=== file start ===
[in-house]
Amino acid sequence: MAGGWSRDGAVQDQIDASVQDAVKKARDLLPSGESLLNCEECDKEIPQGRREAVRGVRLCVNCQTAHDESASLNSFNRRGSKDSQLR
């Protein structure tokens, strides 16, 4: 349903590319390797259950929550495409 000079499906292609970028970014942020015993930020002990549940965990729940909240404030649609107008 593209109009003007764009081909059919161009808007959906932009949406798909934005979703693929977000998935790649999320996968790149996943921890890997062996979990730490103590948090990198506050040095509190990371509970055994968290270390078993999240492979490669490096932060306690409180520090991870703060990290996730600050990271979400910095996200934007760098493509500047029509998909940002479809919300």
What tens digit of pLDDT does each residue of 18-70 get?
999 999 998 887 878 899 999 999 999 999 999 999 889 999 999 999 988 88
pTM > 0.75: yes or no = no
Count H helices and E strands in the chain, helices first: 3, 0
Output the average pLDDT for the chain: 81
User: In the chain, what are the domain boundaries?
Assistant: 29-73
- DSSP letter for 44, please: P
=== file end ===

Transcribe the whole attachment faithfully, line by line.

[in-house]
Amino acid sequence: MAGGWSRDGAVQDQIDASVQDAVKKARDLLPSGESLLNCEECDKEIPQGRREAVRGVRLCVNCQTAHDESASLNSFNRRGSKDSQLR
């Protein structure tokens, strides 16, 4: 349903590319390797259950929550495409 000079499906292609970028970014942020015993930020002990549940965990729940909240404030649609107008 593209109009003007764009081909059919161009808007959906932009949406798909934005979703693929977000998935790649999320996968790149996943921890890997062996979990730490103590948090990198506050040095509190990371509970055994968290270390078993999240492979490669490096932060306690409180520090991870703060990290996730600050990271979400910095996200934007760098493509500047029509998909940002479809919300």
What tens digit of pLDDT does each residue of 18-70 get?
999 999 998 887 878 899 999 999 999 999 999 999 889 999 999 999 988 88
pTM > 0.75: yes or no = no
Count H helices and E strands in the chain, helices first: 3, 0
Output the average pLDDT for the chain: 81
User: In the chain, what are the domain boundaries?
Assistant: 29-73
- DSSP letter for 44, please: P